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One of my players suggested using the levitate spell as a weapon in our last session.

Following his logic, he’ll levitate an enemy 20 feet up and then slam it into a wall or the ground or keep pushing him up and then slam it for a “falling” damage of X feet.

I’m uncertain whether the spell can be used that way as the speed you move a target is not specified. If the levitate move action imprints an acceleration equal to gravity then the action can be considered an attack.

Can levitate be used on this way?

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TLDR: While levitating, a creature is not falling, therefore the rules for falling damage cannot be applied.

To answer your question, lets look at the rules for the two things involved here: Levitate and falling

Levitate (PHB 255)

One creature or object of your choice that you can see within range rises vertically, up to 20 feet, and remains suspended there for the duration. The spell can levitate a target that weighs up to 500 pounds. An unwilling creature that succeeds on a Constitution saving throw is unaffected.

The target can move only by pushing or pulling against a fixed object or surface within reach (such as a wall or a ceiling), which allows it to move as if it were climbing. You can change the target’s altitude by up to 20 feet in either direction on your turn. If you are the target, you can move up or down as part of your move. Otherwise, you can use your action to move the target, which must remain within the spell’s range. When the spell ends, the target floats gently to the ground if it is still aloft.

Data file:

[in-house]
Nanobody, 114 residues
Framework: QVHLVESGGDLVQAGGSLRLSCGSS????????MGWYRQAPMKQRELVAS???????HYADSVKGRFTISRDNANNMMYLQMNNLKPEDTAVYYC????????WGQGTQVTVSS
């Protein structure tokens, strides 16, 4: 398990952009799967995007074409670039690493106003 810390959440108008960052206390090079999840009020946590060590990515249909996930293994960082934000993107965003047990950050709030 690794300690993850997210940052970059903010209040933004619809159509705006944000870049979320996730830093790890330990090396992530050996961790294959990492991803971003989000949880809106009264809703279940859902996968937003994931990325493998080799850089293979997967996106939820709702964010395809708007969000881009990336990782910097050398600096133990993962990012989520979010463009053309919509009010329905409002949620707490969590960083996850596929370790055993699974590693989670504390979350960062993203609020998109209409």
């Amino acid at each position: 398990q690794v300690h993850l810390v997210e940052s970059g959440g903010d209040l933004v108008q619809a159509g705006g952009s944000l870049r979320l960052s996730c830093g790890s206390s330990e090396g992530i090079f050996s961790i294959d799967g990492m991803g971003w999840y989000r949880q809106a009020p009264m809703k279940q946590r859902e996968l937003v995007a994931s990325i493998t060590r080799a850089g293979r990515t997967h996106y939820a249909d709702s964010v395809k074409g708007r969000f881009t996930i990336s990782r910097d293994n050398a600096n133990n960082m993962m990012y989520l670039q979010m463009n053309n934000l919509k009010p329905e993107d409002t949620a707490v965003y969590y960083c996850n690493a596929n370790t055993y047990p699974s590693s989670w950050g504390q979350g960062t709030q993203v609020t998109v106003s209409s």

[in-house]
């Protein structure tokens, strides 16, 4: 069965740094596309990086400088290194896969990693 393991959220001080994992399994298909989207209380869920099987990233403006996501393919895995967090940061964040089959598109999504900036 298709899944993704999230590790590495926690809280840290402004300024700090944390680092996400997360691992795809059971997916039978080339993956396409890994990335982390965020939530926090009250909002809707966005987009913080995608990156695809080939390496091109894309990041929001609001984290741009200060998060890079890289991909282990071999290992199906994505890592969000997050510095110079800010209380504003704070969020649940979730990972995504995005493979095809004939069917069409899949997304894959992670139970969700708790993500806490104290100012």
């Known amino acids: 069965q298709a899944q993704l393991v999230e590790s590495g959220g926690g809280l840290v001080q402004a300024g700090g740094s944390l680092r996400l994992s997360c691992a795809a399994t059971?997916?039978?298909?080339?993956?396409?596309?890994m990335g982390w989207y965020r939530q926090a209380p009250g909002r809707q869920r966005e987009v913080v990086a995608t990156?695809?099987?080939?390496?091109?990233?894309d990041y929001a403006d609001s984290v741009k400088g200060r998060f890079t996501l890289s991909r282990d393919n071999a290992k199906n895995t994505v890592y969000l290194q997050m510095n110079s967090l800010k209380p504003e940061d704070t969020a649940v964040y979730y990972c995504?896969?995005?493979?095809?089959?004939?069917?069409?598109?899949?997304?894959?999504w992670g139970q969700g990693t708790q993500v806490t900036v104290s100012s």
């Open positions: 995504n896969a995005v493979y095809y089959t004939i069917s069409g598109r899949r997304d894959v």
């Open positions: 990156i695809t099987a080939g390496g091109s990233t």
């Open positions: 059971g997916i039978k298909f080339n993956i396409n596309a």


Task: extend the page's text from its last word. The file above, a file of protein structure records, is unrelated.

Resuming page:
First partial problem with the idea is that slamming the target into walls doesn't work, because the caster can only change altitude.

Falling (PHB 183)

A fall from a great height is one of the most common hazards facing an adventurer. At the end of a fall, a creature takes 1d6 bludgeoning damage for every 10 feet it fell, to a maximum of 20d6. The creature lands prone, unless it avoids taking damage from the fall.

Here is the big problem. Nothing in the description of falling says anything about acceleration, or gravity, or the like.

Instead, it says "At the end of a fall". While a fall is a change in altitude, a change is altitude is not necessarily a fall.

I would rule that while the levitate spell is active, no fall is taking place, and so no falling damage can occur.

Obligatory: 5e is not a physics simulator.

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  • \$\begingroup\$ “You can use your acción to move the target”. You can, therefore move them OR change their altitude. \$\endgroup\$ – Jorge Córdoba May 24 at 7:19
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    \$\begingroup\$ @JorgeCórdoba The movement you can do refers to the target's altitude change that was just described. That sentence is talking about using your action, to facilitate the movement, not describing an additional option. See Jeremy Crawford's tweet: sageadvice.eu/2017/01/27/… \$\endgroup\$ – Willem Renzema May 24 at 7:26
  • \$\begingroup\$ That’s weird. I would have thought that by saying “otherwise” it meant... well, otherwise... :) \$\endgroup\$ – Jorge Córdoba May 24 at 8:48